2013
06.28

In this post, I’ll show you how I created a Windows Server 2012 R2 SMB 3.0 Scale-Out File Server that uses Shared VHDX to create a simulated JBOD for clustered Storage Spaces.  This is completely unsupported for production, but is nice for the lab to demo, teach and learn.

Shared VHDX allows us to build a guest cluster without complicating storage (SAN, SMB 3.0, iSCSI, etc).  Yesterday I blogged about how I was creating a demo Scale-Out File Server using a VMM 2012 R2 Service Template.  That template used an iSCSI target VM.  Why did I do it that way?  Shared VHDX requires that:

  • Your hosts are clustered – net necessarily in the same cluster
  • The shared VHDX file is placed on SMB 3.0 or CSV – note that an SMB 3.0 file share can be used by multiple host clusters

In my lab, my virtual SOFS is placed onto a single storage box that is running Hyper-V.  At TechEd, Jose Barreto mentioned a solution for labs that is unsupported but works.  Using this I can use my single non-clustered host to run VMs that access a shared VHDX.  I can then cluster those VMs to create a guest cluster, e.g. a virtual SOFS.

The steps:

  1. Run (PowerShell) Install-WindowsFeature Failover-Clustering on the host.  There is no need to create a cluster from this host.
  2. Identify the volume that will store the shared VHDX files, e.g. D: drive.
  3. Run FLTMC.EXE attach svhdxflt D: where D: is the drive letter that you just identified.

Now you’re ready to create a shared VHDX.  My VMs are in D:Virtual Machines.  I’m creating a guest cluster called Demo-FSC1.  The shared VHDX files will be stored in D:Shared VHDXDemo-SOFS1.  I created Demo-FSC1 Witness Disk.VHDX (1 GB in size) and Demo-FSC1 Disk1.VHDX (100 GB in size) and stored it in that folder (D:Shared VHDXDemo-SOFS1).

Now for the VMs:

  1. I created 2 VMs for my virtual SOFS, Demo-FS1 and Demo-FS2, giving them all enough network connections for my design (see below screenshot, highlighted in green [requires guest OS QoS]).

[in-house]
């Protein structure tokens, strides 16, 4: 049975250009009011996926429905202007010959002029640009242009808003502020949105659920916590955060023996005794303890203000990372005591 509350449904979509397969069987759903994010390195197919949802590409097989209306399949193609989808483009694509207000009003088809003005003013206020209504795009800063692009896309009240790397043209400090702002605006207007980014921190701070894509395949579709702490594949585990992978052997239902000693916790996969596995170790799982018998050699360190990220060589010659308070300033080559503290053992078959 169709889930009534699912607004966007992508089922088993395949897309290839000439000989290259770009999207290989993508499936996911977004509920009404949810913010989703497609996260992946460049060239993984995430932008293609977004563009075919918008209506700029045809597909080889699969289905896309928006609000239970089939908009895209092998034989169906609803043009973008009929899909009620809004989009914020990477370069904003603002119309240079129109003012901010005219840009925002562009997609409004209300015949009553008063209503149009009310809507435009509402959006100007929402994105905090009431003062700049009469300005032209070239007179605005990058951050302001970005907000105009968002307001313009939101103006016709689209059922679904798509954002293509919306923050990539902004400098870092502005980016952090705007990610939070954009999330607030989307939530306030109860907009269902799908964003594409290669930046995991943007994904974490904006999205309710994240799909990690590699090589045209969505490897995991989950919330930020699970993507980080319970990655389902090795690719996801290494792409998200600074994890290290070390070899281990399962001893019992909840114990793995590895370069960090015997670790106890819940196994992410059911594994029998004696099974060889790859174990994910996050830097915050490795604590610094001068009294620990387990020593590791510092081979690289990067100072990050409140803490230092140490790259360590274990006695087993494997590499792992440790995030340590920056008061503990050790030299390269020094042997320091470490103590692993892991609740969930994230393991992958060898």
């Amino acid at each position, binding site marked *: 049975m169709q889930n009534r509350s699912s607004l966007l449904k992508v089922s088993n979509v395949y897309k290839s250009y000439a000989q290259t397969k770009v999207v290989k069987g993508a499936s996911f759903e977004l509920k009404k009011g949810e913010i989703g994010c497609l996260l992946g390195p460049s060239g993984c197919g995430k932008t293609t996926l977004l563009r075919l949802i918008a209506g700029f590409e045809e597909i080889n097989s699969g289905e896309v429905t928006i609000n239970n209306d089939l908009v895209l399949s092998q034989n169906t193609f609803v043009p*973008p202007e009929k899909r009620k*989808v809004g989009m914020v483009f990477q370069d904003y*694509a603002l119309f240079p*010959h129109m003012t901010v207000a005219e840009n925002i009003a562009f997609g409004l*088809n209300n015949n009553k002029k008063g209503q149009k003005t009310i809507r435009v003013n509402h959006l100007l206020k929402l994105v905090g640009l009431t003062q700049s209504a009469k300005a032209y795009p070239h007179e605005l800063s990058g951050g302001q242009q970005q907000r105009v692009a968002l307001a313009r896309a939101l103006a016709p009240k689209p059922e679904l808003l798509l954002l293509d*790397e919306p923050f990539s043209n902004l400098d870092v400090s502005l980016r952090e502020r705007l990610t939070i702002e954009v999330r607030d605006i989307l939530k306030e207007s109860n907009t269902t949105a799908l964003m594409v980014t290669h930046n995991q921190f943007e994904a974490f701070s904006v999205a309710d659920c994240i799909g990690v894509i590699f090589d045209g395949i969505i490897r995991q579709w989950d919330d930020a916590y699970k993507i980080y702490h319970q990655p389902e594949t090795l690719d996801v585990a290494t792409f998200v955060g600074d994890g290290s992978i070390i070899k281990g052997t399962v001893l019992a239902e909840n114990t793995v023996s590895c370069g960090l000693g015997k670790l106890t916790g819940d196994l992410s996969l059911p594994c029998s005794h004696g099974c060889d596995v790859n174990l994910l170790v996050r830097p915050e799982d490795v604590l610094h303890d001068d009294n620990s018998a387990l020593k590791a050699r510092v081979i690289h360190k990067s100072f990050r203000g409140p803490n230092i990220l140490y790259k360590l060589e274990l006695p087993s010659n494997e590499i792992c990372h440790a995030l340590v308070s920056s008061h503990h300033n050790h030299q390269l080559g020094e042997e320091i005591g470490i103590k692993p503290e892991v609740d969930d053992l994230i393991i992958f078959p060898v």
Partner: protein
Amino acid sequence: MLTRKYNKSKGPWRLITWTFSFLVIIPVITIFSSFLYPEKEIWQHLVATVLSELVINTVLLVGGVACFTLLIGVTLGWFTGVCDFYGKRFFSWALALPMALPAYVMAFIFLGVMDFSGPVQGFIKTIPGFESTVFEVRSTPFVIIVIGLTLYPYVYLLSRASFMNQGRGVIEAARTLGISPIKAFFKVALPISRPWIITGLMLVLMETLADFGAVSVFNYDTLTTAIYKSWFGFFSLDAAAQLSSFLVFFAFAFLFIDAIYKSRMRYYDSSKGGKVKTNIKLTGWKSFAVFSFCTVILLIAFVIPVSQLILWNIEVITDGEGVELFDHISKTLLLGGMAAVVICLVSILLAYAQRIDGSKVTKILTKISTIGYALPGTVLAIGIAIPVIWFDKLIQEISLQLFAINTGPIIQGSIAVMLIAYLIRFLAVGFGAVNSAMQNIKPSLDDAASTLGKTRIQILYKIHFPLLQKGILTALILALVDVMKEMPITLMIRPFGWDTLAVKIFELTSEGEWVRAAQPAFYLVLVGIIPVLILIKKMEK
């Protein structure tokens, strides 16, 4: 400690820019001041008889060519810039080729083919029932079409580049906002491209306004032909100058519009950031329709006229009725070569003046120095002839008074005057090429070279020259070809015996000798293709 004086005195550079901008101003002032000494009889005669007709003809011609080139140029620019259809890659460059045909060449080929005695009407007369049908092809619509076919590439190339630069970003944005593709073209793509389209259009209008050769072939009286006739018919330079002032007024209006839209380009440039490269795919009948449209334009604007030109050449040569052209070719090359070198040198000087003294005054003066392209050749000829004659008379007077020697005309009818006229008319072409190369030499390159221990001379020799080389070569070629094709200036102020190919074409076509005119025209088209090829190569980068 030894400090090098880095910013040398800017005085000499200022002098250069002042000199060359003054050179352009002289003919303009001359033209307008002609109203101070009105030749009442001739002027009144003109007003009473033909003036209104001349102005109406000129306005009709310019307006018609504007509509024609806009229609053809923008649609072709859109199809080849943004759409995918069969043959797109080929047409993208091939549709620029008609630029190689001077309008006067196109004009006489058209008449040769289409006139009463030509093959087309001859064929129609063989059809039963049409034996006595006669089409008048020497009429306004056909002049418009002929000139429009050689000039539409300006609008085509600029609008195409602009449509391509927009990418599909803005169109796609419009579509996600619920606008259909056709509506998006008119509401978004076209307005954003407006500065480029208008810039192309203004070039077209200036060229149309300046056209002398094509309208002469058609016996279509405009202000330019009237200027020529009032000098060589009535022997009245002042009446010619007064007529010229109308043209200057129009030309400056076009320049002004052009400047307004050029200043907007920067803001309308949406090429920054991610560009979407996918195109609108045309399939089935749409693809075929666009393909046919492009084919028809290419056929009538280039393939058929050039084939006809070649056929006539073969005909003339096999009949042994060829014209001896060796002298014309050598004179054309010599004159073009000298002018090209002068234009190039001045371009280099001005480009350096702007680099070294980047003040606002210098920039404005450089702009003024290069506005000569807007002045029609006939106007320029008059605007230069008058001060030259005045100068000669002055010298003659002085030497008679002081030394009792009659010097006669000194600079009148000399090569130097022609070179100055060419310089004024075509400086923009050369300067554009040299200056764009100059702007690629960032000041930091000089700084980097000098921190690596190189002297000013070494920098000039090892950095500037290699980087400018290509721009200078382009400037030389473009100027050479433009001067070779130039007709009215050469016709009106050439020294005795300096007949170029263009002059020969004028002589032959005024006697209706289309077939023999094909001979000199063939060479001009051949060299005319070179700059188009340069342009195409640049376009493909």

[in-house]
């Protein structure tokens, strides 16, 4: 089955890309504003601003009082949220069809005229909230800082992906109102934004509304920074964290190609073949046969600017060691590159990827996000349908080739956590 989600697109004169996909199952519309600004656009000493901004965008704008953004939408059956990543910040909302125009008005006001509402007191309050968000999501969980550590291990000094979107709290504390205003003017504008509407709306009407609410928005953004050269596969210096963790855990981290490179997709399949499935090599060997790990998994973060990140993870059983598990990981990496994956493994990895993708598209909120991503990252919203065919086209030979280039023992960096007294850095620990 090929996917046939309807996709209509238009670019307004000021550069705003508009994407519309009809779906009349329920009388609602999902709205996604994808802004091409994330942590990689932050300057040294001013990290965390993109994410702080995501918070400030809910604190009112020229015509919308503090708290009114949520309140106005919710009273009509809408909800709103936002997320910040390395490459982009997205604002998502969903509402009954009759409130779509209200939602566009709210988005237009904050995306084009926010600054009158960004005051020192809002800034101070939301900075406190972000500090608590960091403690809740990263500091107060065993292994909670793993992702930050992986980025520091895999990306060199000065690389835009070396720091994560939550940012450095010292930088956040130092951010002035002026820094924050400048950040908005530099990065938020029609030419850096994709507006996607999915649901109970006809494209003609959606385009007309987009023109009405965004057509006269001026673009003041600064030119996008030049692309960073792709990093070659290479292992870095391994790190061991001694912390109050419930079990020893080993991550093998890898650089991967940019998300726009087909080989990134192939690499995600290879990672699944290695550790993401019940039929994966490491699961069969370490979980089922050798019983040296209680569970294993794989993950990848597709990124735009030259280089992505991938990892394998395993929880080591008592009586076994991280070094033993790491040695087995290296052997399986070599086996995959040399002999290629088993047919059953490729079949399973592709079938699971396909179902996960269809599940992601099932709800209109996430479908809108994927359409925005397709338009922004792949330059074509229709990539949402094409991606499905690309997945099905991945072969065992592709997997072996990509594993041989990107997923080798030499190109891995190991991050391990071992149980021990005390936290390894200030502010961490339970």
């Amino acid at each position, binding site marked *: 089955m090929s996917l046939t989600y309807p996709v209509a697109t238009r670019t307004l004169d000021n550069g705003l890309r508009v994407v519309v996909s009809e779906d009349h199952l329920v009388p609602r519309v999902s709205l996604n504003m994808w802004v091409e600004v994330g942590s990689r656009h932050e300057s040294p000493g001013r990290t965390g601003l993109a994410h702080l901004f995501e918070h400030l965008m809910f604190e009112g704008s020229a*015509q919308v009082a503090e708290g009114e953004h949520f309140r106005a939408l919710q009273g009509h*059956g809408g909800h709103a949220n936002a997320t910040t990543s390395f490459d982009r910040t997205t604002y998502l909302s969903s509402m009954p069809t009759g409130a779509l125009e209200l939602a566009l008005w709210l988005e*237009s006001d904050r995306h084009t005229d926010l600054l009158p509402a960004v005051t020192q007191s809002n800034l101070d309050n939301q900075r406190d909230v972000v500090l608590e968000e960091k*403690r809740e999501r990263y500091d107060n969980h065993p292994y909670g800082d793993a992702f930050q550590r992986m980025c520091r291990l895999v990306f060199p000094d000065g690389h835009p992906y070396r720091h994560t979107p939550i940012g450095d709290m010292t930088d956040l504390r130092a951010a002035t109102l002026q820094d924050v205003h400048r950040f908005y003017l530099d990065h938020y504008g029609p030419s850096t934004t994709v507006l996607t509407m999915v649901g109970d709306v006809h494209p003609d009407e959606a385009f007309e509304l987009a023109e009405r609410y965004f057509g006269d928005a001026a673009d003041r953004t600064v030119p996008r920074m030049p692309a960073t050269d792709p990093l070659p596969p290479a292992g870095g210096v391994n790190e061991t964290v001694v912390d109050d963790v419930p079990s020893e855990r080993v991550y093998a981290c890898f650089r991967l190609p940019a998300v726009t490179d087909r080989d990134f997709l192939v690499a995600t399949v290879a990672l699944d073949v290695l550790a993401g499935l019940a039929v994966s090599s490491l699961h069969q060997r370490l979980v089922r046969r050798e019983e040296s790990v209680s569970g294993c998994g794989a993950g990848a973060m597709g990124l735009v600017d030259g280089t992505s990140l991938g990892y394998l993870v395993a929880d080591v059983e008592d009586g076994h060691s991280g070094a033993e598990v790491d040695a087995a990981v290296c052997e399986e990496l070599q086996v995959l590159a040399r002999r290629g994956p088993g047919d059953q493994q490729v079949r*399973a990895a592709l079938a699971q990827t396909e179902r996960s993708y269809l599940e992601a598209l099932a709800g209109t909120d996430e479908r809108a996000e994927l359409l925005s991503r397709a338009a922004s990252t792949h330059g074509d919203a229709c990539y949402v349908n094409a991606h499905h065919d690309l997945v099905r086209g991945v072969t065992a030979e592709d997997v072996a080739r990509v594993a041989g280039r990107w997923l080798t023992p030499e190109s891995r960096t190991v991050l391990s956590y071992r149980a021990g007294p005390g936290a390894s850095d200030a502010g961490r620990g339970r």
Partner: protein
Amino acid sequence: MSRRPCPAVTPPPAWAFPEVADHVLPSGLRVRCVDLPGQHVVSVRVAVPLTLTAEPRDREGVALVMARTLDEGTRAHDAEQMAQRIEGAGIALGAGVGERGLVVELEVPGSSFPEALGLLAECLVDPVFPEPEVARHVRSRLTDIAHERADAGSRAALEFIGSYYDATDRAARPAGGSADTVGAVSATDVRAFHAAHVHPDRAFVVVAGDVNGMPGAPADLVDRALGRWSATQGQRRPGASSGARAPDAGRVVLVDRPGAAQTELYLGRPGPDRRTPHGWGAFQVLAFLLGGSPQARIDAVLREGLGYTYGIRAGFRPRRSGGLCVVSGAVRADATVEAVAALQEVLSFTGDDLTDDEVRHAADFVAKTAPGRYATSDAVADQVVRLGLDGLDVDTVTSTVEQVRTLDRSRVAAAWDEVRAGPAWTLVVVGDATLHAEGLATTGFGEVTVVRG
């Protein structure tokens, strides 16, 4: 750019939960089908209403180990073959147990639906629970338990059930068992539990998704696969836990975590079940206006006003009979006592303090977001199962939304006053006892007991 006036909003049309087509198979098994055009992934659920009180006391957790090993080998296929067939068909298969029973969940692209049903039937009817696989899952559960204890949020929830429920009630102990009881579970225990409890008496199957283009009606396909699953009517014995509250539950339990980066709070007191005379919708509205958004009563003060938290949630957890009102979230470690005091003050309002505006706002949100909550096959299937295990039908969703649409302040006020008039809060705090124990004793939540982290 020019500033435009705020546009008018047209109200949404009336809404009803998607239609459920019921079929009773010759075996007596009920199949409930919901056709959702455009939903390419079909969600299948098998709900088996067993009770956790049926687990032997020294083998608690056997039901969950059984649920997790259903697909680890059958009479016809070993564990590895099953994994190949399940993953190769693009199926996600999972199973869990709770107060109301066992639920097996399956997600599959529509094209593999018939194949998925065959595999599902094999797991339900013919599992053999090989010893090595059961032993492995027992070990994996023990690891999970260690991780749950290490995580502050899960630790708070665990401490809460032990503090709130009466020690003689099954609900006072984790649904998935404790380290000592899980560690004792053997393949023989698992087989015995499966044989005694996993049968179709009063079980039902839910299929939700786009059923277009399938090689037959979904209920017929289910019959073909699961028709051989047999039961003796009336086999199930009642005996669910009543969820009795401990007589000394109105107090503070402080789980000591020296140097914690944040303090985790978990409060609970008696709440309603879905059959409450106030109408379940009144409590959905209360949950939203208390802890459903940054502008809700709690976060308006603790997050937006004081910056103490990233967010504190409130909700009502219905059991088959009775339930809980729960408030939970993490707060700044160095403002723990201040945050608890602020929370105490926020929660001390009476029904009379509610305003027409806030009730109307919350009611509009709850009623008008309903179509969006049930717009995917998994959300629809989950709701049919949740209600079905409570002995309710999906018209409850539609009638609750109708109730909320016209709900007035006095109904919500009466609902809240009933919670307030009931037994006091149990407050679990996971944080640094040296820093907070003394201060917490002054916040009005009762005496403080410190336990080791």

2. I added the shared VHDX files to the first SCSI controller on both virtual machines.  Don’t overthink this – there is no replication so please don’t ask.  I couldn’t possibly make this clearer.  Each individual VHDX (a total of 2) is connected to each of the 2 VMs (see below).
  3. I make sure to open up the advanced settings of the shared VHDX on both VMs and check the box Enable Virtual Hard Disk Sharing.
  4. I went on to create and add Demo-FSC1 Disk2.VHDX and Demo-FSC1 Disk3.VHDX, both 100 GB in size.

EnableSharedVHDX

At this point, I do all the usual storage, networking and clustering stuff in the guest OS of the 2 VMs.  In the cluster, I made sure both storage networks had client access enabled (with an IP address).  When creating the guest cluster, I did not add storage.  Instead, I did something else that is unsupported.

I took the 3 shared VHDX data disks, and created a new storage space.

StoragePool

From this, I created 2 virtual disks, one with NTFS and one with ReFS, and converted bot volumes into CSV.  Now I have what I need to finish off the creation of the SOFS role on the file server cluster.

Finsihed Storage

Now I add the SOFS role (File Server for Application Data) to the cluster, wait a while for the CAP to come online (remember to delegate permissions to the cluster’s OU to the cluster object so the cluster can create the SOFS computer object), and then create the file shares.

SOFS with Shares

What I haven’t done or shown:

  • QOS for the storage NICs.
  • SMB Constraints

Now I have my storage.  It’s time to prep VMM 2012 R2 to do some bare metal host deployment and get a Hyper-V cluster up and running.

4 comments so far

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  1. great explanation, can i use in my blog while givin your name and web page link?

    • No. See above.

  2. I followed the instructions and the vhdx was able to attached to two VMs which is not part of the cluster … just want to share the drive betweem VMs … maybe this is not intended way? when i added file to shared vhdx from one VM, it did not show in another VM

    • This is not intended – disks are “shared nothing” in Windows. Your only option is to create a shared folder.

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